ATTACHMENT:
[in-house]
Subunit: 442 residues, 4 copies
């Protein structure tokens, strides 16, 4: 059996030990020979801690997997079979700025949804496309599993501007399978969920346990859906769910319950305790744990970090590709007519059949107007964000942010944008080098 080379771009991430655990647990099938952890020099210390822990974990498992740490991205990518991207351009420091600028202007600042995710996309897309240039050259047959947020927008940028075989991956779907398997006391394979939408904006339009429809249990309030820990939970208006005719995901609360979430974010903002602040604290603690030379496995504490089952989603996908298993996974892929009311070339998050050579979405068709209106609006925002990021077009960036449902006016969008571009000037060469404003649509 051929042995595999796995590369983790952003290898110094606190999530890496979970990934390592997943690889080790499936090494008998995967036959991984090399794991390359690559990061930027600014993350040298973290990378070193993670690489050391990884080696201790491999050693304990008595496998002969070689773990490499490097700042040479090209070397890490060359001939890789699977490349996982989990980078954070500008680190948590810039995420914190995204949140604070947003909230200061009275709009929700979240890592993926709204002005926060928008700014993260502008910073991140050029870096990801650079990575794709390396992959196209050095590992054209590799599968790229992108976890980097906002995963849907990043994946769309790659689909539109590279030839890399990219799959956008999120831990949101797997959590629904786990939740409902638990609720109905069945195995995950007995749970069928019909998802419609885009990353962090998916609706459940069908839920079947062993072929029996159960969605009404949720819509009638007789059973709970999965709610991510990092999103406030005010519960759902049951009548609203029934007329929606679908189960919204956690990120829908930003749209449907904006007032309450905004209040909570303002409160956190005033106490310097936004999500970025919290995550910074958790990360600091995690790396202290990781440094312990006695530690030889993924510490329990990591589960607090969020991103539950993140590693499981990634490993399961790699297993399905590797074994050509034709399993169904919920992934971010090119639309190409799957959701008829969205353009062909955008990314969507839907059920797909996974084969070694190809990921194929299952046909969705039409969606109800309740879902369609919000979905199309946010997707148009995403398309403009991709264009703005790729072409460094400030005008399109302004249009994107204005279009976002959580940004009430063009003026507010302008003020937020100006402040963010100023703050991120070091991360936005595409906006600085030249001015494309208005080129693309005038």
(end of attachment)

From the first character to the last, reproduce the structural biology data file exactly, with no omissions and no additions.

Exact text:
[in-house]
Subunit: 442 residues, 4 copies
């Protein structure tokens, strides 16, 4: 059996030990020979801690997997079979700025949804496309599993501007399978969920346990859906769910319950305790744990970090590709007519059949107007964000942010944008080098 080379771009991430655990647990099938952890020099210390822990974990498992740490991205990518991207351009420091600028202007600042995710996309897309240039050259047959947020927008940028075989991956779907398997006391394979939408904006339009429809249990309030820990939970208006005719995901609360979430974010903002602040604290603690030379496995504490089952989603996908298993996974892929009311070339998050050579979405068709209106609006925002990021077009960036449902006016969008571009000037060469404003649509 051929042995595999796995590369983790952003290898110094606190999530890496979970990934390592997943690889080790499936090494008998995967036959991984090399794991390359690559990061930027600014993350040298973290990378070193993670690489050391990884080696201790491999050693304990008595496998002969070689773990490499490097700042040479090209070397890490060359001939890789699977490349996982989990980078954070500008680190948590810039995420914190995204949140604070947003909230200061009275709009929700979240890592993926709204002005926060928008700014993260502008910073991140050029870096990801650079990575794709390396992959196209050095590992054209590799599968790229992108976890980097906002995963849907990043994946769309790659689909539109590279030839890399990219799959956008999120831990949101797997959590629904786990939740409902638990609720109905069945195995995950007995749970069928019909998802419609885009990353962090998916609706459940069908839920079947062993072929029996159960969605009404949720819509009638007789059973709970999965709610991510990092999103406030005010519960759902049951009548609203029934007329929606679908189960919204956690990120829908930003749209449907904006007032309450905004209040909570303002409160956190005033106490310097936004999500970025919290995550910074958790990360600091995690790396202290990781440094312990006695530690030889993924510490329990990591589960607090969020991103539950993140590693499981990634490993399961790699297993399905590797074994050509034709399993169904919920992934971010090119639309190409799957959701008829969205353009062909955008990314969507839907059920797909996974084969070694190809990921194929299952046909969705039409969606109800309740879902369609919000979905199309946010997707148009995403398309403009991709264009703005790729072409460094400030005008399109302004249009994107204005279009976002959580940004009430063009003026507010302008003020937020100006402040963010100023703050991120070091991360936005595409906006600085030249001015494309208005080129693309005038």